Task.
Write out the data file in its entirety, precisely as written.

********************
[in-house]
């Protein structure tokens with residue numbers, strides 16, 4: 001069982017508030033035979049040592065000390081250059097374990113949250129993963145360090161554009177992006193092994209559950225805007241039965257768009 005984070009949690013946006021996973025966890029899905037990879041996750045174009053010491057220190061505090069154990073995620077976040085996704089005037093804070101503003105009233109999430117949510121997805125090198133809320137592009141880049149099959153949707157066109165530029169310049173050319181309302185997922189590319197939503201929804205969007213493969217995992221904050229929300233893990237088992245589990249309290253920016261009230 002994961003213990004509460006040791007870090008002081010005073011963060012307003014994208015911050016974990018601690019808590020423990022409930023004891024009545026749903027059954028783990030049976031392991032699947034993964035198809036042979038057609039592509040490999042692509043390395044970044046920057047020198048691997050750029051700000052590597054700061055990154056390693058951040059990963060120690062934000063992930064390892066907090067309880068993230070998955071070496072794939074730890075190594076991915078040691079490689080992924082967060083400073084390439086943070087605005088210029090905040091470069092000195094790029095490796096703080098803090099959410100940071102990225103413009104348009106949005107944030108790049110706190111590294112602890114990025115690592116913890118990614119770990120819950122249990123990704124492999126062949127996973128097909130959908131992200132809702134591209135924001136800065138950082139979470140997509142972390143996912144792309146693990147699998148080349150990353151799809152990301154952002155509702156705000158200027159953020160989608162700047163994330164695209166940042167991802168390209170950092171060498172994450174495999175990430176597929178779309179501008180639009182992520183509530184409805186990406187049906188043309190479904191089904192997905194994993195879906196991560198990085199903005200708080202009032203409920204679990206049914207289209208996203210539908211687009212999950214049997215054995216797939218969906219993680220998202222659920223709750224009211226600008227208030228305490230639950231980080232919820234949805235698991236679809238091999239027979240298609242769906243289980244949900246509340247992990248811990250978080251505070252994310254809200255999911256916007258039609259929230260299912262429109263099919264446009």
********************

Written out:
[in-house]
């Protein structure tokens with residue numbers, strides 16, 4: 001069982017508030033035979049040592065000390081250059097374990113949250129993963145360090161554009177992006193092994209559950225805007241039965257768009 005984070009949690013946006021996973025966890029899905037990879041996750045174009053010491057220190061505090069154990073995620077976040085996704089005037093804070101503003105009233109999430117949510121997805125090198133809320137592009141880049149099959153949707157066109165530029169310049173050319181309302185997922189590319197939503201929804205969007213493969217995992221904050229929300233893990237088992245589990249309290253920016261009230 002994961003213990004509460006040791007870090008002081010005073011963060012307003014994208015911050016974990018601690019808590020423990022409930023004891024009545026749903027059954028783990030049976031392991032699947034993964035198809036042979038057609039592509040490999042692509043390395044970044046920057047020198048691997050750029051700000052590597054700061055990154056390693058951040059990963060120690062934000063992930064390892066907090067309880068993230070998955071070496072794939074730890075190594076991915078040691079490689080992924082967060083400073084390439086943070087605005088210029090905040091470069092000195094790029095490796096703080098803090099959410100940071102990225103413009104348009106949005107944030108790049110706190111590294112602890114990025115690592116913890118990614119770990120819950122249990123990704124492999126062949127996973128097909130959908131992200132809702134591209135924001136800065138950082139979470140997509142972390143996912144792309146693990147699998148080349150990353151799809152990301154952002155509702156705000158200027159953020160989608162700047163994330164695209166940042167991802168390209170950092171060498172994450174495999175990430176597929178779309179501008180639009182992520183509530184409805186990406187049906188043309190479904191089904192997905194994993195879906196991560198990085199903005200708080202009032203409920204679990206049914207289209208996203210539908211687009212999950214049997215054995216797939218969906219993680220998202222659920223709750224009211226600008227208030228305490230639950231980080232919820234949805235698991236679809238091999239027979240298609242769906243289980244949900246509340247992990248811990250978080251505070252994310254809200255999911256916007258039609259929230260299912262429109263099919264446009």